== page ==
the Central Unit. Quality checks and the ability of the Central
Unit to seek re-transmission of data to an appropriate standard
are covered. The ability of the Central Unit to distinguish and
block data on persons recognised as refugees under the terms of
the 1951 Refugee Convention is also included. Reference is also
made to the need to produce statistics for the report on the incidence
of persons who have lodged an application for asylum in a Member
State after having been recognised and admitted as refugees in
another Member State, as required by the Eurodac Regulation."
18.6 The Minister tells us that the proposed
changes to the text clarify the role of the Central Unit in terms
of quality control, setting high levels of accuracy, and the development
of operational procedures, and put more emphasis on the need to
establish appropriate technical requirements for the transmission
of data between Member States and the Central Unit.
18.7 The Minister reports that, in March 2001,
the Commission announced that the contract to install the Eurodac
Central Unit had been awarded to Bull (Belgium) S.A. and Cogent
Systems. She also tells us:
"The Commission recommends
the secure communication link known as TESTA is used by Member
States to communicate with the Central Unit. TESTA provides an
electronic telecommunications infrastructure for European administrations.
TESTA is a project to provide 'Trans European Services for Telematics
between Administrations' with the core function of facilitating
secure communication between sites connected within the EuroDomain.
The EuroDomain is both separate and protected from the public
Internet. It is accessed through a number of specific, identified
EuroGates in national locations in Member States and candidate
"TESTA is part of the IDA (Interchange of Data
between Administrations) Community Programme to promote the application
of information technology and the exchange of information between
European Administrations. The Council of Ministers and European
Parliament adopted this programme on 12 July 1999 (Decision 1719/1999/EC).
The UK is already participating in the wider TESTA programme."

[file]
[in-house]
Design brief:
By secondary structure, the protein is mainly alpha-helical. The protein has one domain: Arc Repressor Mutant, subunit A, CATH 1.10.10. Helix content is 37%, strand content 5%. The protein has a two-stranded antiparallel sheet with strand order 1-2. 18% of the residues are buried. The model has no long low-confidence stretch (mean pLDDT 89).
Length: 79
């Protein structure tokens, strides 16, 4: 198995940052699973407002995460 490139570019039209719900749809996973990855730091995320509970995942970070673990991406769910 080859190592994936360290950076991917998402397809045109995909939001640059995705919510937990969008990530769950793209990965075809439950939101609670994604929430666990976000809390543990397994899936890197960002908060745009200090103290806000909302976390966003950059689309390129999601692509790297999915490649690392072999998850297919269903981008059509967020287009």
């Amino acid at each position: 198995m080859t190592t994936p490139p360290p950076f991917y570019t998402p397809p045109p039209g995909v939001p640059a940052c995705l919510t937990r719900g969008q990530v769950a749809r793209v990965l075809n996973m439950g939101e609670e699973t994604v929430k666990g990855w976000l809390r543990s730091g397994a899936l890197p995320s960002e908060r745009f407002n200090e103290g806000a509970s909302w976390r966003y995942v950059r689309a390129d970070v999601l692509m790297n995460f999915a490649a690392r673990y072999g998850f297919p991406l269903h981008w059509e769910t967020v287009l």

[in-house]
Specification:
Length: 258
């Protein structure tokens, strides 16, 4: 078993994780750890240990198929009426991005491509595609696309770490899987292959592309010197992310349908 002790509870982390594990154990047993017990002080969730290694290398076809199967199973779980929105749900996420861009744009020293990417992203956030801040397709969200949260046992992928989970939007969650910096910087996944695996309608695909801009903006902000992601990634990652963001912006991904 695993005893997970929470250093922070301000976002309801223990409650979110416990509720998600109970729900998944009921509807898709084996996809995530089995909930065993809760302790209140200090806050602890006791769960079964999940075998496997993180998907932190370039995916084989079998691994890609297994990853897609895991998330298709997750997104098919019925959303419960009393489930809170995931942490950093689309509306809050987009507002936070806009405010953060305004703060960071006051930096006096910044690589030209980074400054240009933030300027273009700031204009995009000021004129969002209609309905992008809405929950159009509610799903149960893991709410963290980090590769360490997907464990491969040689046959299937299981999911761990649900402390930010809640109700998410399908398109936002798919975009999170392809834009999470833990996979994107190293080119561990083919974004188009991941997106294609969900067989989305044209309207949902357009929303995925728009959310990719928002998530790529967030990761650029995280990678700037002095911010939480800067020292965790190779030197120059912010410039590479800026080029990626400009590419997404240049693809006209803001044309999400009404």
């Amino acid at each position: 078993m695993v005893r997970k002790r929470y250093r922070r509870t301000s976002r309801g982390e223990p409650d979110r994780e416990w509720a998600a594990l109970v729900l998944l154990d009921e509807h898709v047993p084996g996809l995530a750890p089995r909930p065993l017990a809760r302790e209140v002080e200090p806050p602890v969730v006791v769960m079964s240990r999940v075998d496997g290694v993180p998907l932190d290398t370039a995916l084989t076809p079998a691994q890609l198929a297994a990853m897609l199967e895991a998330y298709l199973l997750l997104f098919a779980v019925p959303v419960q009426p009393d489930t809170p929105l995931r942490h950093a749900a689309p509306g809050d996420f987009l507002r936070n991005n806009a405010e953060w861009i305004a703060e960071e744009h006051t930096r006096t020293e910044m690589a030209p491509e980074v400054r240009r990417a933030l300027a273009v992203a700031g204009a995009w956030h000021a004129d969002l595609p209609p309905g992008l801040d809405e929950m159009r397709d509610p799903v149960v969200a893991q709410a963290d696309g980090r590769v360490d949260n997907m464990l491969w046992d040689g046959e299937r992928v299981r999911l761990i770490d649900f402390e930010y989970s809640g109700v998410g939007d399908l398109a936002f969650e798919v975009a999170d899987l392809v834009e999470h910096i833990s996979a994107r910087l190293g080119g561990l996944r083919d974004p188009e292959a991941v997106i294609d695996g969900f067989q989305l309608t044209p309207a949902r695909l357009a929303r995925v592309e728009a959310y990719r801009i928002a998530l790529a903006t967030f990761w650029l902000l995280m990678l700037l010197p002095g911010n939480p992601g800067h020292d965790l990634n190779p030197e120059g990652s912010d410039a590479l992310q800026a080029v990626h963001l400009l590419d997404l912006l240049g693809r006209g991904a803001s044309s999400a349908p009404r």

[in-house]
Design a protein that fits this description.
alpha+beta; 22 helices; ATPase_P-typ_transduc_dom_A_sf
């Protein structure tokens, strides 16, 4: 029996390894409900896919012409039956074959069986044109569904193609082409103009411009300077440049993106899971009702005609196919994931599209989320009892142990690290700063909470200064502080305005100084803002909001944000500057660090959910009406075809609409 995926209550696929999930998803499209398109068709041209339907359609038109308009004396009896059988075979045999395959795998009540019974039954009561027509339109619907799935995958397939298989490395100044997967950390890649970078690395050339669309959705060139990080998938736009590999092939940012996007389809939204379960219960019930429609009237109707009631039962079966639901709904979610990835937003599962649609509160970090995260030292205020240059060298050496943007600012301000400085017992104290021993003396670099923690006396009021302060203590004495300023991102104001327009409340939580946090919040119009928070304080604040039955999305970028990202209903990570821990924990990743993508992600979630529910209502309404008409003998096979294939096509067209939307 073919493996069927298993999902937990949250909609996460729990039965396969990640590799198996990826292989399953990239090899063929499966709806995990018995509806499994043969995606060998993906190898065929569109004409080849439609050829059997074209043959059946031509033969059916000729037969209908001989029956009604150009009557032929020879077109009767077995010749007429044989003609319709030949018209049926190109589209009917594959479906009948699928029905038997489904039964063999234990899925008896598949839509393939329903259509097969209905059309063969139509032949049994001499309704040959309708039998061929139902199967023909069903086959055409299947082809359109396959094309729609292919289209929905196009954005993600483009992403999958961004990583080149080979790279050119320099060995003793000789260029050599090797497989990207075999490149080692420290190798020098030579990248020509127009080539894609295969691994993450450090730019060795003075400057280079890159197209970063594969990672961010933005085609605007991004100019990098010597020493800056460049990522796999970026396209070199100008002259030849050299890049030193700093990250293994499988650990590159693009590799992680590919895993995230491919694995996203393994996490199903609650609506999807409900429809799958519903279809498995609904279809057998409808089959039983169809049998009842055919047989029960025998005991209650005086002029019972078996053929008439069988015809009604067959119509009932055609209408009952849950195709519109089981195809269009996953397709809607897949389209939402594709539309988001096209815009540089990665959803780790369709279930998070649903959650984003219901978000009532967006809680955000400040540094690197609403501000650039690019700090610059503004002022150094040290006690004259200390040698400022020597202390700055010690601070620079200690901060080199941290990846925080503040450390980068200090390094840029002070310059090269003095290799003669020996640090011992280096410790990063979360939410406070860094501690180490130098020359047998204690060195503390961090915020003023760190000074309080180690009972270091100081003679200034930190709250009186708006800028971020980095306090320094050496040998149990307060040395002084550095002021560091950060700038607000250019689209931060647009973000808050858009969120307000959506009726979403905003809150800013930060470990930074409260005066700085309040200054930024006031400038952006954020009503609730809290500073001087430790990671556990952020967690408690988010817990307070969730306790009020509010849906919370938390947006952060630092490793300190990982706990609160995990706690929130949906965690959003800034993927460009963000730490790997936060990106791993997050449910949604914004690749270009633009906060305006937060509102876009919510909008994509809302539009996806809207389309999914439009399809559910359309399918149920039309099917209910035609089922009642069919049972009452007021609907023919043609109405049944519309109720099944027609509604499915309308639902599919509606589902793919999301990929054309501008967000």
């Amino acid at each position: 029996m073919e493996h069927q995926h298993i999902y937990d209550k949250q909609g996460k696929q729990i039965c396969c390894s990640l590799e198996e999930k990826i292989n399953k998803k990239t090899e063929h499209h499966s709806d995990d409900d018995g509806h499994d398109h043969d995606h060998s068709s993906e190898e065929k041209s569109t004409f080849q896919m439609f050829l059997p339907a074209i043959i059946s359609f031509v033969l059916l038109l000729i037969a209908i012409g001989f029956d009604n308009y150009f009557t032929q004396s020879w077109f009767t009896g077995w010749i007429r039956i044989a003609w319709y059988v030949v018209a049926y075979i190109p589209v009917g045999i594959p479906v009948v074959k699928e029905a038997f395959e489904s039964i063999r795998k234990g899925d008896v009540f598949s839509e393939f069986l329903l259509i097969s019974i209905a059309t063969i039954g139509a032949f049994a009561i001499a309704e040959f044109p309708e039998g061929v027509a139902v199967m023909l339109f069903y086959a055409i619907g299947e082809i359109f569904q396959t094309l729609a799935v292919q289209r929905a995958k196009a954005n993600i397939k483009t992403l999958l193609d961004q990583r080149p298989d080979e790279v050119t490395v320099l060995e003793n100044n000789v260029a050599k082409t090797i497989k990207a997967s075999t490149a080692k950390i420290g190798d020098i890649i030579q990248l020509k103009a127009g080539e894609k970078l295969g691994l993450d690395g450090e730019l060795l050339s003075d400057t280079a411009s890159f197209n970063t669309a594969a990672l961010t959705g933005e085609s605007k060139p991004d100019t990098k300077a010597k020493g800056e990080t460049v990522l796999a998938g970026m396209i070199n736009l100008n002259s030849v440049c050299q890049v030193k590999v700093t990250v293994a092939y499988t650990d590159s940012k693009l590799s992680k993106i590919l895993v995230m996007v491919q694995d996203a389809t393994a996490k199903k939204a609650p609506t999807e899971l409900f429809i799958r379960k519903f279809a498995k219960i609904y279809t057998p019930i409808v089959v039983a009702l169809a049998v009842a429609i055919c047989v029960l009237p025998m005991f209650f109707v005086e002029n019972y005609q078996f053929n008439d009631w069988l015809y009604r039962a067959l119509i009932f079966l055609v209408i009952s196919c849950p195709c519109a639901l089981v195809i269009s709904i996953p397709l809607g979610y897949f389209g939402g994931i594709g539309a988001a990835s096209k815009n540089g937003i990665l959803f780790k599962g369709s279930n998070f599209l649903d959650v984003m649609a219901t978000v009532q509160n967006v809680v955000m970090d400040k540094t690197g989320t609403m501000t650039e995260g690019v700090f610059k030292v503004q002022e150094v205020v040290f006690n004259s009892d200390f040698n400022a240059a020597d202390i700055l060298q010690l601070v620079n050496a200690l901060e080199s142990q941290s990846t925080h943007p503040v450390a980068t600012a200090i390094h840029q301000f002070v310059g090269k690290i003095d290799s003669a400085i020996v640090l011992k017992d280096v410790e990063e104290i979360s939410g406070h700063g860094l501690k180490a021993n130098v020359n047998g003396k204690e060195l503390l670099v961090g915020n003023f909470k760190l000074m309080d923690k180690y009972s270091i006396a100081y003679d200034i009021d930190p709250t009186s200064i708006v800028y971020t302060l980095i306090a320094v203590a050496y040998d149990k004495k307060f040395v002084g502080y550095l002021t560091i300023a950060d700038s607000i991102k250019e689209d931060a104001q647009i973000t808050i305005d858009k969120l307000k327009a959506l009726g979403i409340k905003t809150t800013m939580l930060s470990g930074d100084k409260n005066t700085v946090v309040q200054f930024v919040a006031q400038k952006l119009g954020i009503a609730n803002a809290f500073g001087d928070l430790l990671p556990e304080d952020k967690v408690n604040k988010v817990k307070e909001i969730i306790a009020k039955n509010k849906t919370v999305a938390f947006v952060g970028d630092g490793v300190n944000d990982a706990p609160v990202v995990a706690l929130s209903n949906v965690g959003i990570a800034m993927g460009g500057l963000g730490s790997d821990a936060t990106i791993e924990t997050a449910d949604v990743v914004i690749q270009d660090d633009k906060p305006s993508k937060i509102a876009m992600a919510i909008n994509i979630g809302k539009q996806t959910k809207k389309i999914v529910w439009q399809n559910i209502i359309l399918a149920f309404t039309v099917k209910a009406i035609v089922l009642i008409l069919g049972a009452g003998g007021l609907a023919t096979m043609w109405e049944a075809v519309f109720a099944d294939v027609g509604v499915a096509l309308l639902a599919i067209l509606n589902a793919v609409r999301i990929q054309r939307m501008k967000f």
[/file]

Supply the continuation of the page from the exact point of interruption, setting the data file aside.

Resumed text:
18.8 Finally, the Minister turns to the timetable
for the measure. She says:
"EURODAC can only become
operational from the date when all Member States have made
the necessary technical arrangements and can communicate effectively
with the Central Unit. The adoption of this Regulation laying
down Implementing Rules is key to the practical development of
the system and the ability of Member States to communicate with
the Central Unit. The Rules may now be placed before Council for
a rapid decision to enable Member States to continue their technical
developments. For this reason the Parliamentary Committees are
respectfully requested to consider the Implementing Rules as a
matter of priority."
18.9 The Minister's Explanatory Memorandum,
although helpful in several respects, does not make it clear why
there is now an urgency to agree the implementing rules when they
have apparently been under discussion for nearly a year.
18.10 Although we agree that the amendments
in the unofficial text are clearer and more specific than the
original text, we still think the wording could have been sharper.
As it stands, the document gives most of the responsibility for
determining quality standards as well as quality control in this
sensitive area to the central unit. We urge the Minister to ensure
that its work is closely monitored.
18.11 We clear the document.
51 (21391) 8417/00: see headnote to this paragraph. Back